5 Scopus citations

Abstract

Quantification of location-specific environmental effects attributable to the operation and future growth planning of integrated energy systems (IES) is an important part of quantitative sustainability analysis. Toward this end, this paper presents a Life Cycle Assessment methodology which accounts for diurnal and seasonal changes in emission rates from different supply and demand-side energy systems due to variations in the regional power generation energy portfolio mix. The proposed methodology has been illustrated using end-use monitored data for a whole year operation of a university campus IES. The analysis revealed that the average external costs of purchased electricity, specific to the local power utility fuel mix, were about 1.93 ¢/kWh, with ±8% diurnal and ±5% seasonal variations, while externalities from solar photovoltaics were four times lower. Depending on the amount of recovered heat, the externalities associated with the cogeneration system ranged from 1.86 ¢/kWh (with cogeneration total efficiency of 71%) to 4.36 ¢/kWh if no heat is recovered. The novel contribution of the proposed methodology is the ability to evaluate in real-time the environmental externalities associated with demand-side IES which will facilitate real-time sustainable operation of such systems in terms of dynamic building load management and optimal control and operation.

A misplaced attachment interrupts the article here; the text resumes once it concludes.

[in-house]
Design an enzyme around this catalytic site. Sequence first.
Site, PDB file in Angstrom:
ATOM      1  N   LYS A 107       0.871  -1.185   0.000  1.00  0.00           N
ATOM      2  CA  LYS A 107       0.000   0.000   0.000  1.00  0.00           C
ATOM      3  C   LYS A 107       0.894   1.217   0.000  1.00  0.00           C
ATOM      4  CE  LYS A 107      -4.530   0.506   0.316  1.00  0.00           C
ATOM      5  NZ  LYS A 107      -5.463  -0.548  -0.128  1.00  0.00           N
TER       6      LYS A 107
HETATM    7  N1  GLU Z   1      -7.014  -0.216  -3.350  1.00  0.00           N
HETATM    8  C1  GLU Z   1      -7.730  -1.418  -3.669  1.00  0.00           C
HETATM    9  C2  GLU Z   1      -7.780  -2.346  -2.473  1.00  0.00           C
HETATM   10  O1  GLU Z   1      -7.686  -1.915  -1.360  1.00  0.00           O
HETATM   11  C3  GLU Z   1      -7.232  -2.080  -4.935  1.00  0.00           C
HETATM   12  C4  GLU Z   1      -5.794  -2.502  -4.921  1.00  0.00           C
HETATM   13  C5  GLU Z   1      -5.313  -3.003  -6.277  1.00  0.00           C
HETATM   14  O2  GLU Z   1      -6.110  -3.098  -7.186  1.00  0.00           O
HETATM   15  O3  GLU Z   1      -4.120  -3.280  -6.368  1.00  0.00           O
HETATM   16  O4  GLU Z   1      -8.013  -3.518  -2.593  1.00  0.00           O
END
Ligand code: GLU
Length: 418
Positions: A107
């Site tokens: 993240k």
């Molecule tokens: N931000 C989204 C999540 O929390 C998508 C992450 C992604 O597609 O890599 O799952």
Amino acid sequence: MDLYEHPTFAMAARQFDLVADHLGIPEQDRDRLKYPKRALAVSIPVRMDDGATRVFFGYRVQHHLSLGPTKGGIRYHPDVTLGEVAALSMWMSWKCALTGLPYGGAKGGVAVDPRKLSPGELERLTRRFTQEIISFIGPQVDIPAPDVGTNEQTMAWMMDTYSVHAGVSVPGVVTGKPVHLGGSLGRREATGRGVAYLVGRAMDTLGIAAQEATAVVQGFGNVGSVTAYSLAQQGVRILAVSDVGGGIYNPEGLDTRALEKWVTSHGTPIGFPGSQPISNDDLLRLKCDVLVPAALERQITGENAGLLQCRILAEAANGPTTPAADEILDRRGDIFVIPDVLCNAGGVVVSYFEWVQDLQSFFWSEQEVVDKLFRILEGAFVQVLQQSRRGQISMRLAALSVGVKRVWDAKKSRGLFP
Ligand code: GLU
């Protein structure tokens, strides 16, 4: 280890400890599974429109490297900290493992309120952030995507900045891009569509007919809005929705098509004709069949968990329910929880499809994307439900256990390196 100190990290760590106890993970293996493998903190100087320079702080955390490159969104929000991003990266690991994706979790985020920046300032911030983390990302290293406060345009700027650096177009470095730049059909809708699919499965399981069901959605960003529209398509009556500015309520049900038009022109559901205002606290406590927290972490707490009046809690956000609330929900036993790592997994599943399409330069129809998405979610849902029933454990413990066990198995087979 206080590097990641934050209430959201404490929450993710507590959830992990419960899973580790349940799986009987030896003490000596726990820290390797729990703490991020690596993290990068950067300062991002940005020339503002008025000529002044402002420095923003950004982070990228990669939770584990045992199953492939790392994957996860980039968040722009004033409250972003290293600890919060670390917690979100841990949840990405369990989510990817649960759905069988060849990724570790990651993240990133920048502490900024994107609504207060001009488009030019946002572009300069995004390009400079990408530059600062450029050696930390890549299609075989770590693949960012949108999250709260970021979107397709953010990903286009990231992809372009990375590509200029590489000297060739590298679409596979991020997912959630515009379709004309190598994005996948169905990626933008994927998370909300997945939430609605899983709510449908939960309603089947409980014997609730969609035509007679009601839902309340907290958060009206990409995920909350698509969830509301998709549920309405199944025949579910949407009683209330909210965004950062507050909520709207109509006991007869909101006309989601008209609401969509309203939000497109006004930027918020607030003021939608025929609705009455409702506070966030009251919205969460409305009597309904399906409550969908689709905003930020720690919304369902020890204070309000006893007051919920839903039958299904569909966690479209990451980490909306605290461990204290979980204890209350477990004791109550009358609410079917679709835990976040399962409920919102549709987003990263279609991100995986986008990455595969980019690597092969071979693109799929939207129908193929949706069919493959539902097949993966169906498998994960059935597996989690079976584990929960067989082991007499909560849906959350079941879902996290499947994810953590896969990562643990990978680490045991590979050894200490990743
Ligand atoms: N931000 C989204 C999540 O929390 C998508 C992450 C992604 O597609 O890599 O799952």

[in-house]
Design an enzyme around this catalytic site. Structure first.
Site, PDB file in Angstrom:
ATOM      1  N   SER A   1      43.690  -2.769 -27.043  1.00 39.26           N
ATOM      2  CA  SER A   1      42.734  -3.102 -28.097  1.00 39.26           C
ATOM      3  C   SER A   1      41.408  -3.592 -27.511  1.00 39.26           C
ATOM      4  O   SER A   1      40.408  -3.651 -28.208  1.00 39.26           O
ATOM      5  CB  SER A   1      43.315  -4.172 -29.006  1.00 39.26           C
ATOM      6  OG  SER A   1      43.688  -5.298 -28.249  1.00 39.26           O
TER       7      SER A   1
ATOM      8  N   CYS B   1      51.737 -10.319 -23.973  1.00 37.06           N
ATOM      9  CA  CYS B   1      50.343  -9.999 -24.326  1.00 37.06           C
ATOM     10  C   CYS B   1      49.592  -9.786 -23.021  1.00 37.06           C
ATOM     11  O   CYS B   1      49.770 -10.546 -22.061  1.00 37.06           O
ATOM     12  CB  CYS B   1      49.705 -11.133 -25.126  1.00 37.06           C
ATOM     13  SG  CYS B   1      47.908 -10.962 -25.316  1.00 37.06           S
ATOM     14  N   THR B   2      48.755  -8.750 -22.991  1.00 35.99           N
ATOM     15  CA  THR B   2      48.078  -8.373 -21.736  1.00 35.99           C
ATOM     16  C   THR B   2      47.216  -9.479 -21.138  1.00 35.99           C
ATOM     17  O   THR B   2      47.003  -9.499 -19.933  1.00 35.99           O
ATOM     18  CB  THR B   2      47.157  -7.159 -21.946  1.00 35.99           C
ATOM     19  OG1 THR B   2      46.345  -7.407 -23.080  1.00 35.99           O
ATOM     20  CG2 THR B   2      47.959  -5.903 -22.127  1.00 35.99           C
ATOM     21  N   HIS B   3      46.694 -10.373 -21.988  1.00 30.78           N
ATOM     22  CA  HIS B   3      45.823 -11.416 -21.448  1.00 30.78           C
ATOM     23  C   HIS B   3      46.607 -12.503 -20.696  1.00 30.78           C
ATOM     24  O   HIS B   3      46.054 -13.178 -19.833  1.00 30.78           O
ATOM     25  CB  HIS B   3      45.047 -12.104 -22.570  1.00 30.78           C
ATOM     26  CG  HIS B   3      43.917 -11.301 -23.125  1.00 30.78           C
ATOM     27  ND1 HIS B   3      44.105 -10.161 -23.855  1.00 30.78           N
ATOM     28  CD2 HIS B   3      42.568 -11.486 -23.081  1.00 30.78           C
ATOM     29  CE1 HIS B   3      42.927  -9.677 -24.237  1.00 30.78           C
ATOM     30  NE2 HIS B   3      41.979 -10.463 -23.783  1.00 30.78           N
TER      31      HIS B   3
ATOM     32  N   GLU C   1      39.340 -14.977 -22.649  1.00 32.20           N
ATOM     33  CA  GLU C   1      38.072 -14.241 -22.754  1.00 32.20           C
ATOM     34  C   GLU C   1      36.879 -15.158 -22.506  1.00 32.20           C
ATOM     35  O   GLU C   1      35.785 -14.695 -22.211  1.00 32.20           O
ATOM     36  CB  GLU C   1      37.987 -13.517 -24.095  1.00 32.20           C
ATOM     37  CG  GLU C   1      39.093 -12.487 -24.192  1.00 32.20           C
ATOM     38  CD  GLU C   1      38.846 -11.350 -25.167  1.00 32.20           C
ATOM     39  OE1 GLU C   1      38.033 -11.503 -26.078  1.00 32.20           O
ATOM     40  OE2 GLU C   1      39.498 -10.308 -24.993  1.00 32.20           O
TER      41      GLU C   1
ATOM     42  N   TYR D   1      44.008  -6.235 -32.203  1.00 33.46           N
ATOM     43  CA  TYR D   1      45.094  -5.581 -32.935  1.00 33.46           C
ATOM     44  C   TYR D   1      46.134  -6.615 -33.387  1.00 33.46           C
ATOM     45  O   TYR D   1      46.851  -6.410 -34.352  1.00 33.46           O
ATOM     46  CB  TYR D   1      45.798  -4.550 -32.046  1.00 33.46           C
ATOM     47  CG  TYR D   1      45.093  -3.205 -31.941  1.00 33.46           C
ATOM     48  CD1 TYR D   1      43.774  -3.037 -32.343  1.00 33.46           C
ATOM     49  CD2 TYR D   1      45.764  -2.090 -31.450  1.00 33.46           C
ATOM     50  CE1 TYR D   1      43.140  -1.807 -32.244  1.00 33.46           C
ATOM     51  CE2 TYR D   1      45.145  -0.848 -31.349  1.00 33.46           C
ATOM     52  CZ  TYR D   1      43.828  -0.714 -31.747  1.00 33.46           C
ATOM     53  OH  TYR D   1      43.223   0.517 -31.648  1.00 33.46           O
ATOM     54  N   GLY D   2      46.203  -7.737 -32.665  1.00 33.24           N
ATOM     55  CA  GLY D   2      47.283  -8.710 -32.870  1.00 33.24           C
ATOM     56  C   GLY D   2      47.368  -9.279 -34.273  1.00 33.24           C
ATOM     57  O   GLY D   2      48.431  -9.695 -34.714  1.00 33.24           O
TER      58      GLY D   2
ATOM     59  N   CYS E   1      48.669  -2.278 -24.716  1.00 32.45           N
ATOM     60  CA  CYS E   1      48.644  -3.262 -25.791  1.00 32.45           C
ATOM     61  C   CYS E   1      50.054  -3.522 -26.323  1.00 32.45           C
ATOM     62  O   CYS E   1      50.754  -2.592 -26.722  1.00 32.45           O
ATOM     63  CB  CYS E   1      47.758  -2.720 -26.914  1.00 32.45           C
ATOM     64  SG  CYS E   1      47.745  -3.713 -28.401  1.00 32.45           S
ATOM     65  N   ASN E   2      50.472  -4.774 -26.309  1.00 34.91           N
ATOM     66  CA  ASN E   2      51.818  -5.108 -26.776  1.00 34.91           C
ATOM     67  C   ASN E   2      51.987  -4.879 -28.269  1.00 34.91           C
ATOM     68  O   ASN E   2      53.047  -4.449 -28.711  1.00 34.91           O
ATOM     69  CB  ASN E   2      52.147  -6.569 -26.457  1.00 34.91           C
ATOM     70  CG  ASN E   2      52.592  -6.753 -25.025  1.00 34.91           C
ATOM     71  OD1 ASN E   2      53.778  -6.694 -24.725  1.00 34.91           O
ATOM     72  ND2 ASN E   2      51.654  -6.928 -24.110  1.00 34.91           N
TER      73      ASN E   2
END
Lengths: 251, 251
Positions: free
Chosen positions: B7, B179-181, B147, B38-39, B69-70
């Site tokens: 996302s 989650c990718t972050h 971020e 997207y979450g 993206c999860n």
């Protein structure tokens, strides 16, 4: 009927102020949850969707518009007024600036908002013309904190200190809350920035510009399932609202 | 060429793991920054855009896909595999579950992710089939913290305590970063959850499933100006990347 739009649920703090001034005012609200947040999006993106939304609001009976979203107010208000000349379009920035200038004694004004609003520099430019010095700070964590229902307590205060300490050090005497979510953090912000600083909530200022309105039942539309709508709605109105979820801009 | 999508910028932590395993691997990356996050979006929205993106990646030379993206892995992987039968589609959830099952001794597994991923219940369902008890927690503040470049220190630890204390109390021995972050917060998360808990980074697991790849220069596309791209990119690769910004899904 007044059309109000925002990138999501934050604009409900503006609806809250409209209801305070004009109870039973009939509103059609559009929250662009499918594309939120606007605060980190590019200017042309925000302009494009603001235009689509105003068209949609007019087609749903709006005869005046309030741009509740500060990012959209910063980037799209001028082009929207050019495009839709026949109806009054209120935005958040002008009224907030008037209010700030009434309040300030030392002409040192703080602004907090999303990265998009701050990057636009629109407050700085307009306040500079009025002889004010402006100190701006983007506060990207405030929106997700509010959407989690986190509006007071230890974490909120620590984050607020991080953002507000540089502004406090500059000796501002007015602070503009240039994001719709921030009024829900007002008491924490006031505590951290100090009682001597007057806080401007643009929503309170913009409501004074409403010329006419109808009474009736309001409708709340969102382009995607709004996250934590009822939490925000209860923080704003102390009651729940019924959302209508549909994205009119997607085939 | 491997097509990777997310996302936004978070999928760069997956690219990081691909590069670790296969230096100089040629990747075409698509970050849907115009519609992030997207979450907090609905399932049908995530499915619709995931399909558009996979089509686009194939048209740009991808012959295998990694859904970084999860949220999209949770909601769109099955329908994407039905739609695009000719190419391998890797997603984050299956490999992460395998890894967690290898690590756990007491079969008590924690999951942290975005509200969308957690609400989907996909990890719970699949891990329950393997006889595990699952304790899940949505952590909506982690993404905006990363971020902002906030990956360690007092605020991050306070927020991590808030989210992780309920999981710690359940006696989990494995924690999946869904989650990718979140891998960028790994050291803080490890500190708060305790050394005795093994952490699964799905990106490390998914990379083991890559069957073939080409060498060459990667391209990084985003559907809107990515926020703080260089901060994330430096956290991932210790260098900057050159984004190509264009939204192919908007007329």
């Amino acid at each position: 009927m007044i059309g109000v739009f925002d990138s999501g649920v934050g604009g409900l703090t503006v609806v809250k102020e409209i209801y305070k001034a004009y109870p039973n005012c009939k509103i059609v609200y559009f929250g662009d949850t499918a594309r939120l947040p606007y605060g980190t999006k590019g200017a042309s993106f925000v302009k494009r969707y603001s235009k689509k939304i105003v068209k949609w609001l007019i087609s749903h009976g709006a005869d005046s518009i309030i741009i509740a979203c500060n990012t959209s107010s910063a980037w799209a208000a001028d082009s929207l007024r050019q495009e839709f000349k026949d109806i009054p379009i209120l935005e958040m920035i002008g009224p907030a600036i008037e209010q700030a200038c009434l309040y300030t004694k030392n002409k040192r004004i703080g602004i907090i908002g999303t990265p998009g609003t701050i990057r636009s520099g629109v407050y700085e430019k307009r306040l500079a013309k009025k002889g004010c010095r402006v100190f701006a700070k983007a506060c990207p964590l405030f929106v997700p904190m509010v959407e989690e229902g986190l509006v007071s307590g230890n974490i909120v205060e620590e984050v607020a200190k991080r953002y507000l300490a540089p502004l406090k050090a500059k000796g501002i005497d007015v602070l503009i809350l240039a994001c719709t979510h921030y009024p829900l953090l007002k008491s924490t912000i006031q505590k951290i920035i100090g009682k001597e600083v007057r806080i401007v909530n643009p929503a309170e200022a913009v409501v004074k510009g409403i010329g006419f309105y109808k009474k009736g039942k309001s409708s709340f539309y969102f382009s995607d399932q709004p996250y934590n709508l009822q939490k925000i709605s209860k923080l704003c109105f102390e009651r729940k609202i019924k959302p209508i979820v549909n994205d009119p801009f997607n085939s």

Original languageEnglish (US)
Article number101425
JournalSustainable Cities and Society
Volume46
DOIs
Publication statusPublished - Apr 1 2019

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Keywords

  • Environmental externalities
  • External cost method
  • Integrated energy systems
  • Life cycle assessment (LCA)
  • Sustainability assessment

ASJC Scopus subject areas

  • Civil and Structural Engineering
  • Geography, Planning and Development
  • Renewable Energy, Sustainability and the Environment
  • Transportation

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